Magazine article New Internationalist

Making Room

Magazine article New Internationalist

Making Room

Article excerpt

My upstairs neighbour, the former building guardian's wife, is named Rabaa or 'Fourth' - in other words, the fourth girl born to a big poor family whose prospects were too dim to excite the name-choosing impulse in her parents. She's a beautiful woman, but at 48 looks much older. Her uterus fell out at 28 having brought ten children into the world, six of whom survived. Especially since her husband's death, nothing worries her more than seeing to it that her own four daughters get married. Not the fact that her family lives in a couple of storage rooms on the roof, that her health is failing, or that only one of her children has managed to finish high school.

Of the four girls, one is married and two engaged. But just because a couple is engaged doesn't mean they'll get married. In Egypt, engagement is a consolation prize for accept- ing traditions that demand celibacy until marriage, and economics that prevent marriage until many years of hard work add up to the required savings for a new house- hold. Being engaged means you can do things like kiss, and secretly more, but the most important thing it means is having a partner in a project called 'the future', circumscribed to say the least, but full of youth's blind promise. Being engaged is a test, a benevolent set-up. It doesn't always go the distance, but in the meantime it lends life drama and hope, while protecting the girl's honour should she and her fiancé err and go too far.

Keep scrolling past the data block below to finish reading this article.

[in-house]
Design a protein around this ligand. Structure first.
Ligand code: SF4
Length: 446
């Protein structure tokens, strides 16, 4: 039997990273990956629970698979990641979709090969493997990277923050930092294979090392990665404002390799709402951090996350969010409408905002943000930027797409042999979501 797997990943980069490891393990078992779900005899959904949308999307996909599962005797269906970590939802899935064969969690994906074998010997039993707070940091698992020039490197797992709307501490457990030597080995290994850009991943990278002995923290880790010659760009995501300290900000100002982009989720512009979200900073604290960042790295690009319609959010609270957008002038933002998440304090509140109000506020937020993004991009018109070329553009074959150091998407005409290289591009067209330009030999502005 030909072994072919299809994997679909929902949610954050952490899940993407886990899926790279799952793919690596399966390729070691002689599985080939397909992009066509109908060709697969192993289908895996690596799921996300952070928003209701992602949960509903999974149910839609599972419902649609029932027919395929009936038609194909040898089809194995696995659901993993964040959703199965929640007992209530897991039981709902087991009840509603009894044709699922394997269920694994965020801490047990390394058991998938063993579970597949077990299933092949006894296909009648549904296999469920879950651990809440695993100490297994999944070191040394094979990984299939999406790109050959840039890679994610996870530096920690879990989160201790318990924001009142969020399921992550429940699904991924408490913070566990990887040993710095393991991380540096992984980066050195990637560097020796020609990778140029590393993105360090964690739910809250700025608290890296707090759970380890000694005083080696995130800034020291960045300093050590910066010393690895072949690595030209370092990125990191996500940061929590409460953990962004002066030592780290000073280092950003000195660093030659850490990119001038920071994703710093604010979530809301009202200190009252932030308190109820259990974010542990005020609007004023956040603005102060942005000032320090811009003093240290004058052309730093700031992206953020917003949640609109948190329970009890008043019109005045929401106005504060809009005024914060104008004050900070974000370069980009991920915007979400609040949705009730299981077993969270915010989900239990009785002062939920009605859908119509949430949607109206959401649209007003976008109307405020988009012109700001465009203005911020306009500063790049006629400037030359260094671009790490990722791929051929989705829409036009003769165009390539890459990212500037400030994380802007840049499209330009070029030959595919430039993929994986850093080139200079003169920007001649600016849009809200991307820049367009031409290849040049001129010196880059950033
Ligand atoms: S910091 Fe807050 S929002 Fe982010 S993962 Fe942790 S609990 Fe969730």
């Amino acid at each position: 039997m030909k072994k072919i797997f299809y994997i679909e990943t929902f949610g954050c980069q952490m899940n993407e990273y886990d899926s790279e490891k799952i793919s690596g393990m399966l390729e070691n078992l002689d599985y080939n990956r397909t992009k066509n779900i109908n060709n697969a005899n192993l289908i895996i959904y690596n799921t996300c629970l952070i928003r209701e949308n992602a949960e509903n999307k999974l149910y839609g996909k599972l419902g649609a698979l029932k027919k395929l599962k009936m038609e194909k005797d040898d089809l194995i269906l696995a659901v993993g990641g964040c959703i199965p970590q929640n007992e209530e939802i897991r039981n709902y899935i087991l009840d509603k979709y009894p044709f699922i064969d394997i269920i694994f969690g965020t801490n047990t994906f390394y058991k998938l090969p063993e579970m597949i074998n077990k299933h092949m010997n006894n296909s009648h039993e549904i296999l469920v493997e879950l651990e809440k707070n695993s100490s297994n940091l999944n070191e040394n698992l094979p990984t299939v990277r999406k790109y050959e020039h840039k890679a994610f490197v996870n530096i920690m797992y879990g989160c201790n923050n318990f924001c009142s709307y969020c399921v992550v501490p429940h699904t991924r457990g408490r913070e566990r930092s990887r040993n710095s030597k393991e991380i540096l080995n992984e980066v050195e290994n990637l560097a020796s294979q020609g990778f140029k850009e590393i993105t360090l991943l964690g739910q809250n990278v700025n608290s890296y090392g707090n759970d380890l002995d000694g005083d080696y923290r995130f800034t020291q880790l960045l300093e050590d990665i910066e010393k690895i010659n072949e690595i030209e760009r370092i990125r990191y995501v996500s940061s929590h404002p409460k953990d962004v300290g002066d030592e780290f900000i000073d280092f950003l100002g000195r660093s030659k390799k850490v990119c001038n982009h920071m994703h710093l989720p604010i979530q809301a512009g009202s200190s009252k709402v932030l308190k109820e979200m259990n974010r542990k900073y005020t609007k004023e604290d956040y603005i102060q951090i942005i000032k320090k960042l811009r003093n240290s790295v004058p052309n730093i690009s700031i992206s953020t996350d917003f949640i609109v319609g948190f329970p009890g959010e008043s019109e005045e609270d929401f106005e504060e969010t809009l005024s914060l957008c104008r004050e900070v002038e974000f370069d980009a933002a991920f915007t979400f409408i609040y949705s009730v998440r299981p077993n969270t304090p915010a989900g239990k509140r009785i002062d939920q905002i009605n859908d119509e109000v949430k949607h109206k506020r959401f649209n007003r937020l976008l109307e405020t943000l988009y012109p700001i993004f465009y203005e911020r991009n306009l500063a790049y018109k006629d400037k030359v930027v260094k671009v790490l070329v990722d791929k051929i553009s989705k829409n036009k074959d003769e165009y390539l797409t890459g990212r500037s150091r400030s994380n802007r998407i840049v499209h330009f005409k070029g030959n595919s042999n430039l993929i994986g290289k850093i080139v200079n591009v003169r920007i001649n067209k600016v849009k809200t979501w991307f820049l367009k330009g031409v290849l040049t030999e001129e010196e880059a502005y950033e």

Around 10 years ago, Rabaa bundled her girls cheerfully off to their Upper Egyptian hometown, for a combination family reunion and mass circumcision.

'Why put them through it?' I queried. 'You know it can be dangerous, and it hurts.'

'You're telling me,' she said.

'So why?'

'Because we all do it, it's not a big deal. And besides if you don't, your thing can get as big as a man's,' she said, furtively eyeing the crotch of my jeans.

I didn't dissuade her further - we didn't know each other well then - but even now, I doubt I'd try too hard. Singlehandedly, on virtually nothing, she's raised six kids to be giving, honest individuals. No-one takes drugs or drinks. They all have jobs and contribute to the family kitty, even the married ones. …

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